Last week it was the Falco V, this week it’s the 2014 Dimond triathlon bike to bring the boom-style frame back in vogue.

Dimond Bikes started in 2008 with the idea to make a better hydration system for triathletes. Over the years, founders TJ Tollakson and Dave Morse tossed around the idea of a “super bike”, and things slowly came together. The frame design was inspired by the Zipp 2001, a bike long out of production but still very fast. Morse, who had since been working as an engineer at Zipp, gave Tollakson a 2001 frame as a wedding gift in 2010, and they started to modify and modernize it. From there, they decided to make a go of it and Morse and fellow Zipp engineer Karl Hall designed, engineered and made the first prototypes.

Time passed, credit cards were used, and ultimately it took Hall Morse moving to Ruster Sports, which makes tri bike cases & accessories, to bring the project back to life. In May 2013, they finalized this design in a new 11,000 square foot facility in Des Moines, IA, and just released their first bike…


Full wind tunnel test data will be shared on their website soon. For now, they’re claiming aerodynamic improvements of 4% to 28% reduced drag compared to the leading tri bikes thanks to the absence of superfluous things like seat tubes and stays. And truncated air foil tube shapes.

Frames are designed, engineered and made of US-sourced unidirectional carbon fiber, all in house in Iowa.

The headtube is reasonably short, providing plenty of stack and reach adjustment while letting the pros get super low. It’s built around standard stems, bars and forks, too, so those with existing equipment don’t need to worry about proprietary designs. The saddle clamp area allows for enough fore/aft adjustment to simulate 77º to 82º seat angles. The seat boom (aka top tube) is removable for easy packing.

The frames will retail for $5,950 and be available in small, medium and large.



  1. People- please stop calling these bikes Y-Foils. The Y-foil is a terrible trek vision of a beam bike. Beam bikes like these were pioneered by brands like softride and zipp. Look up softride rocket tt, classic tt or the Zipp 2001/3001 to understand this. These were performance bikes that were/are aerodynamically superior to many designs and still perform well. The Y-foil was a typical Trek ploy to cash in on the beam bike style. They were not stiff, aero, or performance in any way. Judging beam bikes based on that is like saying NIKE FREES pioneered barefoot running or that Elon Musk inspired the ironman comic which was created before he was born. In addition, beam bikes arose from the era of cycling design that preceded the bans that set this sport back, i.e. Graham Obree and old Faithful, Obree and the development of the superman position, and Boardman with the superman position lotus. That era saw outside of the box thinking that only went away because of uci incompetence. Look at one of the most researched and well designed bikes of the era the project 96 olympic bike and you will understand where the push for designs like this came from. NOT TREK COMMERCIALS

  2. The second photo shown is the ZIPP 2001. It may be their modified version but it is completely different from the bike shown at the top of the article.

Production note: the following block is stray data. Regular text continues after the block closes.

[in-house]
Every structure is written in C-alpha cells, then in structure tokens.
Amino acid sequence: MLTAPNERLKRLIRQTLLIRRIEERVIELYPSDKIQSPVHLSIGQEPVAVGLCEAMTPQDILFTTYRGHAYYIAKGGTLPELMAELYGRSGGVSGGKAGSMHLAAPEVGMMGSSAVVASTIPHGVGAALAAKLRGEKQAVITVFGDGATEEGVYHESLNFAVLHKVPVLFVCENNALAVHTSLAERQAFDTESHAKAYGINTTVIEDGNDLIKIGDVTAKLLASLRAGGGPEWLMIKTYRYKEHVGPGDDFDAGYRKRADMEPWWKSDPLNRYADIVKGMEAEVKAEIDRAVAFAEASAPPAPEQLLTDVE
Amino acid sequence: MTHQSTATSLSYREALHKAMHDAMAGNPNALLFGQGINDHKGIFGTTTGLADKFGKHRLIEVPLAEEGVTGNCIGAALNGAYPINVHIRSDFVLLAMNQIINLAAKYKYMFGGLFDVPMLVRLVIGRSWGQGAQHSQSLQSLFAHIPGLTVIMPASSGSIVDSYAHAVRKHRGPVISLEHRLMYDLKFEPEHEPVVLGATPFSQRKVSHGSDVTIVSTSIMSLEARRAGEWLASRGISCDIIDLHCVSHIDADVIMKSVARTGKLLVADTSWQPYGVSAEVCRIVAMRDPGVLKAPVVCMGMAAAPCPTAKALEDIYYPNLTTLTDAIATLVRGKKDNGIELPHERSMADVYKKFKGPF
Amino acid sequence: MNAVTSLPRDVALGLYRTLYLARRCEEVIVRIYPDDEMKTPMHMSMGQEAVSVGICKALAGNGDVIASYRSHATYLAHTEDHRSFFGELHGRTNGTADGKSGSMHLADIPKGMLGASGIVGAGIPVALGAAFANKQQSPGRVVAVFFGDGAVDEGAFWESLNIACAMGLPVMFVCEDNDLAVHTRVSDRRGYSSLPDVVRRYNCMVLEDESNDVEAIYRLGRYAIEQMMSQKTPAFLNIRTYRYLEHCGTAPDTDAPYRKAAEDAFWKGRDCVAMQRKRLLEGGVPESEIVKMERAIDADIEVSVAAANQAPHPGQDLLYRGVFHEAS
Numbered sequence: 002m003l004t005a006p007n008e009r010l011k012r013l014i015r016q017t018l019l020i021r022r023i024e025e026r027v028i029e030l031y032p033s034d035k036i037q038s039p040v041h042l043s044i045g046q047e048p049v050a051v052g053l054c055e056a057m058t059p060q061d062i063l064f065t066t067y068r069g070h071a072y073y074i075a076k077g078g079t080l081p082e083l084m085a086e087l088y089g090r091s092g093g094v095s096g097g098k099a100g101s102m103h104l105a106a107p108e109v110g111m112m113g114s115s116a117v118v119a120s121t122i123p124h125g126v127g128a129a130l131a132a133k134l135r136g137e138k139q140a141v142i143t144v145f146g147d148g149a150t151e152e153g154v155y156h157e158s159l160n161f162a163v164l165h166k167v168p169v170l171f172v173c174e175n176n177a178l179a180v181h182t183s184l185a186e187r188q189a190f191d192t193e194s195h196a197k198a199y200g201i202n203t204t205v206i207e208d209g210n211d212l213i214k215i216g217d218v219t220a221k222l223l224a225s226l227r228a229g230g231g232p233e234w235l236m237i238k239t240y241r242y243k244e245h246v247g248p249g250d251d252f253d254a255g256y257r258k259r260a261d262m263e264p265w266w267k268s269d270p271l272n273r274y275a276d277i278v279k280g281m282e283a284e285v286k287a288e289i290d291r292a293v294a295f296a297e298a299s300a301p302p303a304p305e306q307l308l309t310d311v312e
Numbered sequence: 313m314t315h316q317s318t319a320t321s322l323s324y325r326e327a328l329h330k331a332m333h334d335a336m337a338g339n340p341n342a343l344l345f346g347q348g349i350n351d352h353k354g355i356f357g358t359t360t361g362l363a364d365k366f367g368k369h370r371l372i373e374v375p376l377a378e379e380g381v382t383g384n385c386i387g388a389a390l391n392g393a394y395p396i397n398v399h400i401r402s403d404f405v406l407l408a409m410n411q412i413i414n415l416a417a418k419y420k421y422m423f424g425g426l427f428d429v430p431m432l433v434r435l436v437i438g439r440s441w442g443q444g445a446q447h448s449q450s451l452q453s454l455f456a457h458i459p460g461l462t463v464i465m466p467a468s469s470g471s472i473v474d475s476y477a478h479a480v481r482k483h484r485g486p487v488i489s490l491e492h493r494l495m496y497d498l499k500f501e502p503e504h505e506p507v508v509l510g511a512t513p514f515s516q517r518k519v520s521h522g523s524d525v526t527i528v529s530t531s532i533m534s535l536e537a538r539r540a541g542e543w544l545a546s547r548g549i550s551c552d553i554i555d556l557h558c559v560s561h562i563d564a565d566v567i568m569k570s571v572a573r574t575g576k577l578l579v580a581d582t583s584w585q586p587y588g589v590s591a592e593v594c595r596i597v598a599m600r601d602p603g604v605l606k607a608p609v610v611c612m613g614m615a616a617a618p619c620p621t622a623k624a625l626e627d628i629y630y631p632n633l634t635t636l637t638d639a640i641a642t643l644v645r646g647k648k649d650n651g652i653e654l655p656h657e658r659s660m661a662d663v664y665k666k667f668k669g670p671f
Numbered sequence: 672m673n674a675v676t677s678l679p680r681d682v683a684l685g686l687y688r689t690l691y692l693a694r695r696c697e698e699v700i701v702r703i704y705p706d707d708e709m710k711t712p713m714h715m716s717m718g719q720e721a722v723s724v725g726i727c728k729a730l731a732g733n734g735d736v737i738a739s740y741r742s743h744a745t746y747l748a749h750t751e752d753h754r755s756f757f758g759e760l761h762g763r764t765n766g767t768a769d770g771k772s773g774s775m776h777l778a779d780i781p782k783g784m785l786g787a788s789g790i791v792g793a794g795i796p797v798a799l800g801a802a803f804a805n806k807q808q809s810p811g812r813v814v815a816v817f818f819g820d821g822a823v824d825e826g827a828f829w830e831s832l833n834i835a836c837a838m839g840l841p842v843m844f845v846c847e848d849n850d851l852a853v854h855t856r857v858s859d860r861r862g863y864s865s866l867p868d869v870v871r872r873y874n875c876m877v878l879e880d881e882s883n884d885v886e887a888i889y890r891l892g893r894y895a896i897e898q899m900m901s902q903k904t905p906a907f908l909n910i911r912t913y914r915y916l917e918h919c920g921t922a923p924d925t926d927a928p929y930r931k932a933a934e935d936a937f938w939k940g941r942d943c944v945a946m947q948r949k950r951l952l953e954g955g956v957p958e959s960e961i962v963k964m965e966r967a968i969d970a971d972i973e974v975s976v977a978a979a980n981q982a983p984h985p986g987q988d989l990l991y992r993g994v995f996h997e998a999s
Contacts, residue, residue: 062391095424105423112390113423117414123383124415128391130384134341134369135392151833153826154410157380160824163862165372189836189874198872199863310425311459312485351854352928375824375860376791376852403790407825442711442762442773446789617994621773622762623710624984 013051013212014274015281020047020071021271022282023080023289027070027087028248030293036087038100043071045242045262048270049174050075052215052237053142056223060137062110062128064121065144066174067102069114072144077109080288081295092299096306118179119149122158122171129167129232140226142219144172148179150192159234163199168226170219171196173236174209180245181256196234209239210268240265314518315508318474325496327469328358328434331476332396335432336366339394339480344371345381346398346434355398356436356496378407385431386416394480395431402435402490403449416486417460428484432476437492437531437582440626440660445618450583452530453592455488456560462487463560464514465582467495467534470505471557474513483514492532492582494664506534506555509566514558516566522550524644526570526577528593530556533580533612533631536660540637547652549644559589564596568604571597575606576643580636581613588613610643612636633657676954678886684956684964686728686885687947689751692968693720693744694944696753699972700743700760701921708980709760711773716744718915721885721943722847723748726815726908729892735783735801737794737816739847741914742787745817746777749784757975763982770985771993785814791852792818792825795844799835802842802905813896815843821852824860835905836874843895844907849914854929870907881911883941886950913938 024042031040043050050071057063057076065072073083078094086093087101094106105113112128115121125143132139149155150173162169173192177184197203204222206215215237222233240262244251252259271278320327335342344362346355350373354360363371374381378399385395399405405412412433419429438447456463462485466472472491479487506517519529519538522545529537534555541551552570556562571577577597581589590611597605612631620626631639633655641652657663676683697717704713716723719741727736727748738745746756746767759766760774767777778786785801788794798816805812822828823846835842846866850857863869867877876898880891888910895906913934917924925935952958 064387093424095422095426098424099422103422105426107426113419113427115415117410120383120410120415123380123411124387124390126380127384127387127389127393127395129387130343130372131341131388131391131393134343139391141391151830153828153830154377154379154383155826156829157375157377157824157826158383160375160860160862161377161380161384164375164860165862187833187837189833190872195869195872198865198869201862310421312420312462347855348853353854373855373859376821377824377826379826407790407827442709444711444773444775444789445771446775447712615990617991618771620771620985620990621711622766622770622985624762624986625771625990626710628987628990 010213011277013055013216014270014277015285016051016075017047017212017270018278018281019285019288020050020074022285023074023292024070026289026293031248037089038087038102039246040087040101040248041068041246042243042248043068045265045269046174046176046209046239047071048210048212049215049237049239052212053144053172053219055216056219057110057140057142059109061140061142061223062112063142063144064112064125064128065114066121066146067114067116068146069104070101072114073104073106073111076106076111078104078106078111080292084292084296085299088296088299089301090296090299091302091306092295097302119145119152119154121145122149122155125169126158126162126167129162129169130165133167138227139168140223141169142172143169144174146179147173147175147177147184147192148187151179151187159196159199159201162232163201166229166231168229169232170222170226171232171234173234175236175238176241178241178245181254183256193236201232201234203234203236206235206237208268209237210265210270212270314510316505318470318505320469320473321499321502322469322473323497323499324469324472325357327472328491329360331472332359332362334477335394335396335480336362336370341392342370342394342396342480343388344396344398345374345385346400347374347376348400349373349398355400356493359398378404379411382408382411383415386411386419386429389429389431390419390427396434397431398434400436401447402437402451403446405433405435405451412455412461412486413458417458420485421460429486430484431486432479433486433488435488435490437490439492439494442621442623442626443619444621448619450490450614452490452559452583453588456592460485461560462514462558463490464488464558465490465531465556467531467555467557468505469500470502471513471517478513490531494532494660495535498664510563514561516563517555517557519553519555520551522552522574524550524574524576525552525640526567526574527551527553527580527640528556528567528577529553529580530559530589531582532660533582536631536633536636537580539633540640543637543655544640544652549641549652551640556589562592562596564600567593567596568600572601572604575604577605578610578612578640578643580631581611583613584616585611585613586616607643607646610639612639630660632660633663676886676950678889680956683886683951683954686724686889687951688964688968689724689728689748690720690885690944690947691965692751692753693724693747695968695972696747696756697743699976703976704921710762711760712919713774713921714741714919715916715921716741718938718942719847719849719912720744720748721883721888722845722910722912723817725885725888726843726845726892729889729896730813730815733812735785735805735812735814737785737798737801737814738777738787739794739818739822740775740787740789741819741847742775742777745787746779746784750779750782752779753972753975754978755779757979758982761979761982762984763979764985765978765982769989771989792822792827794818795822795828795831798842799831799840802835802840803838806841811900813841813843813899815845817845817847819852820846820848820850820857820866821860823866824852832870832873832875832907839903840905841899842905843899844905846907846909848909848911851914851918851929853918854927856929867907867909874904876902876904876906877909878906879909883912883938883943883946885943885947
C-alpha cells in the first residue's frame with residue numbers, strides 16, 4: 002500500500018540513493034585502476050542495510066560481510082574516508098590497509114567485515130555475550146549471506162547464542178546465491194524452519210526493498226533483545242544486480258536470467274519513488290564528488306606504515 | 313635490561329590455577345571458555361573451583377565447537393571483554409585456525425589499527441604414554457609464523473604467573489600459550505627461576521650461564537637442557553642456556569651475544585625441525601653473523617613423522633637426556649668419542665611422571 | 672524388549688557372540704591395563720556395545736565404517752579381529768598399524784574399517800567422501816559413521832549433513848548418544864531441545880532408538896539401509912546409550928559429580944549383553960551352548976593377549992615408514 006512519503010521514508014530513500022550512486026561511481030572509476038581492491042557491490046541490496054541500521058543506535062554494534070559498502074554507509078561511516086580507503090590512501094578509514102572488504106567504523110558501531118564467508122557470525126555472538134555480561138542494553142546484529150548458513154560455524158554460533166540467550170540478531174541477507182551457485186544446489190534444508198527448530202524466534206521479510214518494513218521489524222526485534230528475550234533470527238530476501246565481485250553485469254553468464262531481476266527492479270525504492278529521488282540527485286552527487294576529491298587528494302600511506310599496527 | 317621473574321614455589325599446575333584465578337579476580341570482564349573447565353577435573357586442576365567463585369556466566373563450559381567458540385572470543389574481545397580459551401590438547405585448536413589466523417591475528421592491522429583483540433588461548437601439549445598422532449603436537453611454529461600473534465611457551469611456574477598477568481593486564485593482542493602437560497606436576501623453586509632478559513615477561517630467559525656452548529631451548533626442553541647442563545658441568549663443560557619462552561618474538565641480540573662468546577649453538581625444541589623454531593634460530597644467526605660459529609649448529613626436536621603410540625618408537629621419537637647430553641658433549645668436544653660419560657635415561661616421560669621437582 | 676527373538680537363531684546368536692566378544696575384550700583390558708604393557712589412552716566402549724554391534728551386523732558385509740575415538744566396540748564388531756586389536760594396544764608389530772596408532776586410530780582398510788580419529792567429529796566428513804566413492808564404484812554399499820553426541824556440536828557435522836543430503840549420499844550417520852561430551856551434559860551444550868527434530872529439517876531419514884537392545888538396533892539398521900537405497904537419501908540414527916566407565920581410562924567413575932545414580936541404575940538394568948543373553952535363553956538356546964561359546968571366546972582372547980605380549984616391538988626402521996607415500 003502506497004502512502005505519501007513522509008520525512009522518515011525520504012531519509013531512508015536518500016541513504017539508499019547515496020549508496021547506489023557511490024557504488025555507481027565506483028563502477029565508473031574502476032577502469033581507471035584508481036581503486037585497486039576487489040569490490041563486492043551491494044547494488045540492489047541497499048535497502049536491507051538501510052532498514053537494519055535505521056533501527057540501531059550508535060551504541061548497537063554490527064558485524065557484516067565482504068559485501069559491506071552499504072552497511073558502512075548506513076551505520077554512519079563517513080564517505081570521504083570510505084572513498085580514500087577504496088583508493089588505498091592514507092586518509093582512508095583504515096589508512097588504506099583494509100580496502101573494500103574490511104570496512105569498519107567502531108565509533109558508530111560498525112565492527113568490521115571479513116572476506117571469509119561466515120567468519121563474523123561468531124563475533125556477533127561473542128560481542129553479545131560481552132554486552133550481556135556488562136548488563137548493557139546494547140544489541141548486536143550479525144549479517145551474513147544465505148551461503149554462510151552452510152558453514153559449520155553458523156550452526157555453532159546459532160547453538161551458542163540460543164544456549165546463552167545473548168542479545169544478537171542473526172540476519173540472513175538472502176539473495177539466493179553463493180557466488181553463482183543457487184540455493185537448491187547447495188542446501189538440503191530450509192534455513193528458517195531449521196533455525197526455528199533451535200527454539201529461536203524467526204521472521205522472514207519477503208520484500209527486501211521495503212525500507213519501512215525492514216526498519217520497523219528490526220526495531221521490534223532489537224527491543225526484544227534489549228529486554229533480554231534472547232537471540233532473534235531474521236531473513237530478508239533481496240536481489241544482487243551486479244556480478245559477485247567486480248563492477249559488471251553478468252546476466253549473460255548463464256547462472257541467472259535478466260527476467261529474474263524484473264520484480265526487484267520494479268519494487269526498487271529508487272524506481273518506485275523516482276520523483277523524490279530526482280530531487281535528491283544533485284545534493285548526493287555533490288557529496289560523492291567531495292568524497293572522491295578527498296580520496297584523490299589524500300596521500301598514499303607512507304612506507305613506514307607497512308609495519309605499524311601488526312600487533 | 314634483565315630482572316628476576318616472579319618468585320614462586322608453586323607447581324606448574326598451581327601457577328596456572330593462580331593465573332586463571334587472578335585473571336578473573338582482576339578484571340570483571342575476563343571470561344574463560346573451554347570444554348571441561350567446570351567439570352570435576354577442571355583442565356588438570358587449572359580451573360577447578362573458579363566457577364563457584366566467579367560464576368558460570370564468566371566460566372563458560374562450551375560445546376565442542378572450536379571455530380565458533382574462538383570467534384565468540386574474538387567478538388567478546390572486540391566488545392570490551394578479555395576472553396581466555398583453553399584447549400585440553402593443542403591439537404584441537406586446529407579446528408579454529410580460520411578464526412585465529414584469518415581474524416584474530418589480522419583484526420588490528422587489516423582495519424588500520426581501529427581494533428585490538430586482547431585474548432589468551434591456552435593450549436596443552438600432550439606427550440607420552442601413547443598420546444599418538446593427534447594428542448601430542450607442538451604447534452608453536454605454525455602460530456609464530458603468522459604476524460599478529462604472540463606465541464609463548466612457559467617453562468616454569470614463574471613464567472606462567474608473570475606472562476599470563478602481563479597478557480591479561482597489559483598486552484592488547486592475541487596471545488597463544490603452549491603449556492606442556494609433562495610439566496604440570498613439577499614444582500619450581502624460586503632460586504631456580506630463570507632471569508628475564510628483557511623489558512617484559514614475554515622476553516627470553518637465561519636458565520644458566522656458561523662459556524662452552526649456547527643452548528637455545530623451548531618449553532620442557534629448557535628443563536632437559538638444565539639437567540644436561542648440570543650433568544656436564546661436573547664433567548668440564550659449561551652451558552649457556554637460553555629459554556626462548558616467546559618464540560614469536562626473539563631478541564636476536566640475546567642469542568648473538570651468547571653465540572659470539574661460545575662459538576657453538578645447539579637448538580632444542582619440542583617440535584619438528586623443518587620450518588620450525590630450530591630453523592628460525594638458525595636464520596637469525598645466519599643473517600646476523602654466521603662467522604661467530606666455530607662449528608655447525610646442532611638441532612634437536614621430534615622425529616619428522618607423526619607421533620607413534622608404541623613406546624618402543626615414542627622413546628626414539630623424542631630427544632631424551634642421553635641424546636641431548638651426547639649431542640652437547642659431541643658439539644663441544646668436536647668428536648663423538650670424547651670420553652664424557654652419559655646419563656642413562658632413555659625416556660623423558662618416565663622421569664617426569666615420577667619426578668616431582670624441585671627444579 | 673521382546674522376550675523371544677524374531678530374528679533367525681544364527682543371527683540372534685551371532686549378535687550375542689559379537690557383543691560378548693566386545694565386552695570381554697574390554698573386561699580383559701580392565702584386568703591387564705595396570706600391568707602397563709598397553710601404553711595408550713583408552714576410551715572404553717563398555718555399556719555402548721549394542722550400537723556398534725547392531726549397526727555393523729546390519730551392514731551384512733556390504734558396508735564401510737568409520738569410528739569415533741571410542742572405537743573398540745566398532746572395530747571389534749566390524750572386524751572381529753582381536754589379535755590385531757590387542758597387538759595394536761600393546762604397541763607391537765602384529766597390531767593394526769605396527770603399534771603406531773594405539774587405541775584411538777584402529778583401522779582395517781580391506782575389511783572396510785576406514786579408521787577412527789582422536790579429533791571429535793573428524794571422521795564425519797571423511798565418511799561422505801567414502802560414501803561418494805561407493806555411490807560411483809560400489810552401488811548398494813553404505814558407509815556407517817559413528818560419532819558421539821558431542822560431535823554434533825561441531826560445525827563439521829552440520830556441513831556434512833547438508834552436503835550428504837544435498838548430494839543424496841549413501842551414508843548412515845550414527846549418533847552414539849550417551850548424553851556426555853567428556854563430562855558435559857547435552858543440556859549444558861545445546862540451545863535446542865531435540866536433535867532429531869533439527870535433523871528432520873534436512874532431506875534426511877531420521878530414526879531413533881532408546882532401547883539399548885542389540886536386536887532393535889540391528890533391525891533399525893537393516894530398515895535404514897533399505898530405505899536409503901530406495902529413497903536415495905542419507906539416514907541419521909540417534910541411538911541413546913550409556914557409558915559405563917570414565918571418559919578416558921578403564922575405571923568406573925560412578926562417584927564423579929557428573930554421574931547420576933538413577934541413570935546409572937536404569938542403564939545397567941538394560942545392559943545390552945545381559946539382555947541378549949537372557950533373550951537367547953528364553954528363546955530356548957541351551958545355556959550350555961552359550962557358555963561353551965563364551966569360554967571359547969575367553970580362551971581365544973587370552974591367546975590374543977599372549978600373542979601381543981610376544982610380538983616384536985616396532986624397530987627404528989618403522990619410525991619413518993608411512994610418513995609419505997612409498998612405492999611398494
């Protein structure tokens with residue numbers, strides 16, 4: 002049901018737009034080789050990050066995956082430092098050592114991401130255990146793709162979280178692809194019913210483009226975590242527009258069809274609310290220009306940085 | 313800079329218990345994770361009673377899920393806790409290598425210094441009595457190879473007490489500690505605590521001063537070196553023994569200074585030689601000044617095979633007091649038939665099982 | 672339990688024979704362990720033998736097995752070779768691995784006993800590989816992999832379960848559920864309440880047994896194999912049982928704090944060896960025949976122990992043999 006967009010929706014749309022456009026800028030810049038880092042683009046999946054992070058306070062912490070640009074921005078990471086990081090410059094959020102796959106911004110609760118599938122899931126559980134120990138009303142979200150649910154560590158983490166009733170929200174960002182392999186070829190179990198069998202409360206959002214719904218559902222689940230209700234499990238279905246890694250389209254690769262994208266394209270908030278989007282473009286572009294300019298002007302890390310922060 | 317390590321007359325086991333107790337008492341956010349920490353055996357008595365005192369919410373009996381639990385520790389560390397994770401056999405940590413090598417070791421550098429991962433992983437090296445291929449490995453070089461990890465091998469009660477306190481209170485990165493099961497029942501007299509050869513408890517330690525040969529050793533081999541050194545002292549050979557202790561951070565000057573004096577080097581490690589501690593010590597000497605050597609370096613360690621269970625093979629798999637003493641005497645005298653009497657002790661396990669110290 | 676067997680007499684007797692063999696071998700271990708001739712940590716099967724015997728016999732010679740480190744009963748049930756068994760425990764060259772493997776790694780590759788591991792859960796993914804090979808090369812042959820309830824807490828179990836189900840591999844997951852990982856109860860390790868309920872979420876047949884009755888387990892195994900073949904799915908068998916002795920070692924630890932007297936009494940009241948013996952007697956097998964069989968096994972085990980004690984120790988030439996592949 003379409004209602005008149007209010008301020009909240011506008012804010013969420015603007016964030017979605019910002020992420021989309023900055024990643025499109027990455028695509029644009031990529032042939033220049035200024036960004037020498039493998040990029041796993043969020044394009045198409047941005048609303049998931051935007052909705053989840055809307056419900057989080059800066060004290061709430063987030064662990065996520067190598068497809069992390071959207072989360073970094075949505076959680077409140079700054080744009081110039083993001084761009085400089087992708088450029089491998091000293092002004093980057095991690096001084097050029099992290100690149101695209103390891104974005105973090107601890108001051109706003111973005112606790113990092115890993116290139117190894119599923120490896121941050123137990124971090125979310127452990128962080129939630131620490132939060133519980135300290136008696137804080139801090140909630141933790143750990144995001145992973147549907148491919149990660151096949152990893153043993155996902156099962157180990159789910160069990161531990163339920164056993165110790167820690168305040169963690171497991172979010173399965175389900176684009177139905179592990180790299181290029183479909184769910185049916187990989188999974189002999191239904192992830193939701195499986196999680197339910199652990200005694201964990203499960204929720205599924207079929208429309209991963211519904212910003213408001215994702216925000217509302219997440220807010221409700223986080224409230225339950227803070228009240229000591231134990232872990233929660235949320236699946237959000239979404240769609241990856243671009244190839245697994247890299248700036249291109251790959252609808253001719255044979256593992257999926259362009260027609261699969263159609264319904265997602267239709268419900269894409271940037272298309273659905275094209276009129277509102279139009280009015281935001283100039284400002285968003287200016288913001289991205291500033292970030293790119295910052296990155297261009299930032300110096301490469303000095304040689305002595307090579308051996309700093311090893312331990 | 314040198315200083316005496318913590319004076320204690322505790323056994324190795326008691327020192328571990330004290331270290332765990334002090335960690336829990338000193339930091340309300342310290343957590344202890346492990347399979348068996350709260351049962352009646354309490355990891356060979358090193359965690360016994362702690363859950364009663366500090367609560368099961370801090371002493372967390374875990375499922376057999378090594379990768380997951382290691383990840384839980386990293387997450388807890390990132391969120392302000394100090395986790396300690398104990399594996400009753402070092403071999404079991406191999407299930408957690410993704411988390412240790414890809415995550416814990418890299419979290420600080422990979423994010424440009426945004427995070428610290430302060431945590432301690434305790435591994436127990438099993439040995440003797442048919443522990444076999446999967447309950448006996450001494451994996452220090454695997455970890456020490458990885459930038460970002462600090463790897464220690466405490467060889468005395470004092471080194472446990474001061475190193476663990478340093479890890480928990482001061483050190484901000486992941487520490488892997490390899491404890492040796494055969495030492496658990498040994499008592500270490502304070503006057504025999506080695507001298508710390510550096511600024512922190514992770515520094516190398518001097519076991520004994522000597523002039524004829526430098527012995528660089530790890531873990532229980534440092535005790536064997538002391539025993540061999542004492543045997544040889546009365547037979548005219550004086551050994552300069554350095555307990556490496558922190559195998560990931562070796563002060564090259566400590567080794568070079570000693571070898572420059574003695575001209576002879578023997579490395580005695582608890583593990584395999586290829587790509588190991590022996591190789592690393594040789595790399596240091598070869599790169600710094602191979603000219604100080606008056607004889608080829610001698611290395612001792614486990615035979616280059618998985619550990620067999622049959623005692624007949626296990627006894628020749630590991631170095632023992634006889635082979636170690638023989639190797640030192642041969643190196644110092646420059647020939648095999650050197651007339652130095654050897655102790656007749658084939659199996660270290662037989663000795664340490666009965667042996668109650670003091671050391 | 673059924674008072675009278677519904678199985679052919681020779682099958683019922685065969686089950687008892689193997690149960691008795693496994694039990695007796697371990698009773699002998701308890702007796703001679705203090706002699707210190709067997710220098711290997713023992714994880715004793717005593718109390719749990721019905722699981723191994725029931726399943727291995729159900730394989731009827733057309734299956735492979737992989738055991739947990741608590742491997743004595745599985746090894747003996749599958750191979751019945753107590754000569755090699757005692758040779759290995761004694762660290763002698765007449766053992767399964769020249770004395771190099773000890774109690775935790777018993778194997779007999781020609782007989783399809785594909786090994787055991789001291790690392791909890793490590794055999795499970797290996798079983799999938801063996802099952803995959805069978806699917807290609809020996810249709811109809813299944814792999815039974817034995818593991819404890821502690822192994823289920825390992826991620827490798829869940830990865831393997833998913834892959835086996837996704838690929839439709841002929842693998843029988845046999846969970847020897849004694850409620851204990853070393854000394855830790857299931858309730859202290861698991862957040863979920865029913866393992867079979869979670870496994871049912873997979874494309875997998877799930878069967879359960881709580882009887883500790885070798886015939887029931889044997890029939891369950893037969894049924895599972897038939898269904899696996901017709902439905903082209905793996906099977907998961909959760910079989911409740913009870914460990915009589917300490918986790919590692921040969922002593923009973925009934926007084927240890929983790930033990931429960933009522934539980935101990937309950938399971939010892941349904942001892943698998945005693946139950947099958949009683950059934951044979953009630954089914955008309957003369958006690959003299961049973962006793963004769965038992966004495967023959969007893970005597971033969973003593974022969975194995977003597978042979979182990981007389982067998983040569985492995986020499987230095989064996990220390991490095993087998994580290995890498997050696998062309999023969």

3. How can you take them seriously when they can’t even set the handlebar position correctly? The dude in the second photo looks like a fred, that bar position must offset all of the Aero advantages the frame adds.

  4. I don’t like knocking other peoples designs, but I have to say that this type of frame is fundamentally flawed, and I speak from experience. While it is a fine example of aero efficiency, it is a very poor example of power transmission efficiency. Years ago I had a Softride frame like this, and found that the lack of a seat tube resulted in significant frame twist while pedaling. Each time you turn the crank over the top of the stroke you lose this hysteresis work done in the frame, and have to twist the frame the other way before all of your effort going into the drivetrain. This was illustrated perfectly for me when I had the ‘AHA’ moment, when I followed a friend on his Softride and I noticed the side to side movement of the top of his rear wheel, with respect to the frame centerline. On a flat road this was up to 1.5 inch each way at a steady speed.

  5. My first thought was “another Softride” – but after a bit of research, this appears to be nothing like a “Softride” bike.

    @Mr C. – I doubt their is any “frame twist” and hence any loss of power in this bike. Considering the price point for the frame set alone, and the fact pro riders seem to be who they are targeting with this bike, I’m pretty sure the engineers took that into consideration. No way they would work so hard to gain an aero advantage only to lose that advantage lost in the power transfer. If schlubs like us think of stuff like that – imagine what the pro triathlete riding (and winning) with this bike thinks of… 🙂

  6. No matter what you Guys say here, I’m crazy about
    this Bike and its Design. I am going nuts to buy one
    now and ride it. I also like the Falco “V” which is based
    on the same Design and Technology as this awesome
    ” Dimond ” TT Bike. The Price is little steep but I like it
    so far and I’m Sold on it. I have to go with the ” Falco” V
    because it’s the same or similar ” Beam” engineering TT Bike
    but the $ 4K dollars to me looks more attractive!!!

What do you think?